"See You Yesterday"

Eden Duncan-Smith stars in “See You Yesterday,” a time-travel film with a message now streaming on Netflix.

I didn’t expect to have a visceral reaction to “See You Yesterday,” a new Netflix offering. After seeing the trailer, I knew there was potential for upset, but I was certain the film would have a fluffyish ending.

Or, so I thought.

“See You Yesterday” is the story of two teenage geniuses, CJ (Eden Duncan-Smith) and Sebastian (Dante Crichlow), who have built a time machine. The film picks up after the technology’s invention but before successful completion of a trip back in time. Both CJ and Sebastian have big dreams for its creation that go far beyond high school science expos. For CJ and Sebastian, the tech is a ride out of their neighborhood. MIT, Spelman, Morehouse and other prestigious colleges are in their futures if they nail this.

The pair manage to figure out protons, electrons, energy displacement and everything else I don’t understand to create an honest-to-gosh, working time machine. Granted, it’s not so much a machine as tubing, circuitry and other movable parts they each carry in a backpack.

CJ and Sebastian are planning their glorious futures when disaster strikes. CJ’s brother, Calvin (Astro), is shot and killed by a police officer in a case of mistaken identity. Two black men robbed a nearby bodega, and Calvin and his friend just happen to be in the vicinity. It could happen to anyone, right?

Here’s the beauty of a time machine: You can go back and fix what once went wrong, right? You’re basically Sam Beckett in “Quantum Leap” as you try to put right what once went wrong. In this case, CJ decides she and Sebastian can save her brother, so that’s what they decide to do.

But, the trips don’t go smoothly. Each one is complicated by some unforeseen obstacle, from run-ins with CJ’s jerk ex-boyfriend, Jared (Rayshawn Richardson), to situations going horribly wrong, such as Sebastian being shot instead. Each trip becomes messier and messier as CJ fails over and over again to save her brother.

“See You Yesterday” is a film about friendship and family. There’s a line in the film about friends being the family you choose, a sentiment I’ve always stood firmly by. I have some amazing people in my family, and that includes those put there by blood and those I have chosen to be part of my circle.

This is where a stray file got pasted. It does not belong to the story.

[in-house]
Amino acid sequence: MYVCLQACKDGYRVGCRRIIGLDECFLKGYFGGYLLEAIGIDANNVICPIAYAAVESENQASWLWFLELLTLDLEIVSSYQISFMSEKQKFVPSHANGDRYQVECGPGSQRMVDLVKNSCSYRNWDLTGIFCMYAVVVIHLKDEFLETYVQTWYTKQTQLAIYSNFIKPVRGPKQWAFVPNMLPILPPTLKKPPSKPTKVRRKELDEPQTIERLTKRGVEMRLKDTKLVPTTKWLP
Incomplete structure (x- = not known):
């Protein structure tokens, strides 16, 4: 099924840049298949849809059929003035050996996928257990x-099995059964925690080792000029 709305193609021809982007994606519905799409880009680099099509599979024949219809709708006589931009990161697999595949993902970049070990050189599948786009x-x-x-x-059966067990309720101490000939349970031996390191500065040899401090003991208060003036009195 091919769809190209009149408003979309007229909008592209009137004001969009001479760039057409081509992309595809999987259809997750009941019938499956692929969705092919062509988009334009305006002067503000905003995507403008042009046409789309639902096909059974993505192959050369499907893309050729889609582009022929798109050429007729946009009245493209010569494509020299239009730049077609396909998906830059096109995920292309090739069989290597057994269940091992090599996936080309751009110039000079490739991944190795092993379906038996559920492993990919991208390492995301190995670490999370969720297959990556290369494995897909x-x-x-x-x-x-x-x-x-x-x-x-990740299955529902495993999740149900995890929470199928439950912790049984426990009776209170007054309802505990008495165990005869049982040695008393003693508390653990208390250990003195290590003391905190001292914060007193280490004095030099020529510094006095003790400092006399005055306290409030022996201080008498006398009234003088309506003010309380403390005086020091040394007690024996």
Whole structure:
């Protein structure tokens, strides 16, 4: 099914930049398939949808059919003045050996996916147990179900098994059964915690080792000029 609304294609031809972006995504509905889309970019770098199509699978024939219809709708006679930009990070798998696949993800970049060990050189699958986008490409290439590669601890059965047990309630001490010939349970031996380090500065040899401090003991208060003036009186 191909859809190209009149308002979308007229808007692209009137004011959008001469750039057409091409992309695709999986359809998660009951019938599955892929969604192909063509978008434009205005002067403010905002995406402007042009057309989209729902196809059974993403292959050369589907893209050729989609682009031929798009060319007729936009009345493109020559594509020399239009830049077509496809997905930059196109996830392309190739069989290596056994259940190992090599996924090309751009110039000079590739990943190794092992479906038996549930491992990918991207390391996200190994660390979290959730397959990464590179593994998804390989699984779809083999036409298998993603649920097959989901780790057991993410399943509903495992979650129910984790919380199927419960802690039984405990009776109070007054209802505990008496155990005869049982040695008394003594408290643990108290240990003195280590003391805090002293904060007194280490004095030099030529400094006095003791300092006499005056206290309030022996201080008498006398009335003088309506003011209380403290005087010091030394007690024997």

CJ already has lost her father. We knew he was in the military, but we don’t know much more than the fact he received a Purple Heart and his dog tags are a constant around Calvin’s neck. Losing her brother is too much for her to bear. She believes she has the ability to save her brother, and damn the consequences. Each time-travel misstep only leaves her more determined.

As the film goes on, you root for CJ to complete her mission and save her brother. At the same time, you begin preparing yourself for the inevitable outcome: Calvin can’t be saved. We don’t know this, but while each setback strengthen’s CJ’s resolve, the audience feels theirs begin to crumble a bit.

This film feels a bit reminiscent of stories I’ve read or seen before. “See You Yesterday” offers the dramatic gut punch the novelization of Angie Thomas’ “The Hate You Give” gave us a couple of years ago. (Side note: Thomas’ book is fantastic, but I found the film adaptation to be lacking.)

And, of course, it’s a time-travel story, so the creative team decided to pull in the ultimate time traveler for a small role: Michael J. Fox. Great Scott! (If you don’t get the reference, I’m not telling you.)

But, more than that, it’s a story of injustice and trying to find something that makes sense in a world that’s gone mad. Our main character aims to fix the past, but the question remains whether she can. Are the institutional barriers too much to overcome? The film doesn’t offer clear answers, but it appears to tell us we should be focused on the struggle, not the outcome. We don’t get easy answers here, and that’s why it sticks with you well after it has ended.

Bottom line: “See You Yesterday” is a gut-wrenching, near-perfect science fiction film with relevant sociopolitical commentary.

Amanda Greever is a former editor, designer and writer

at The Daily Times. She

now works in public

relations. Contact her at

amandagreever@gmail.com.

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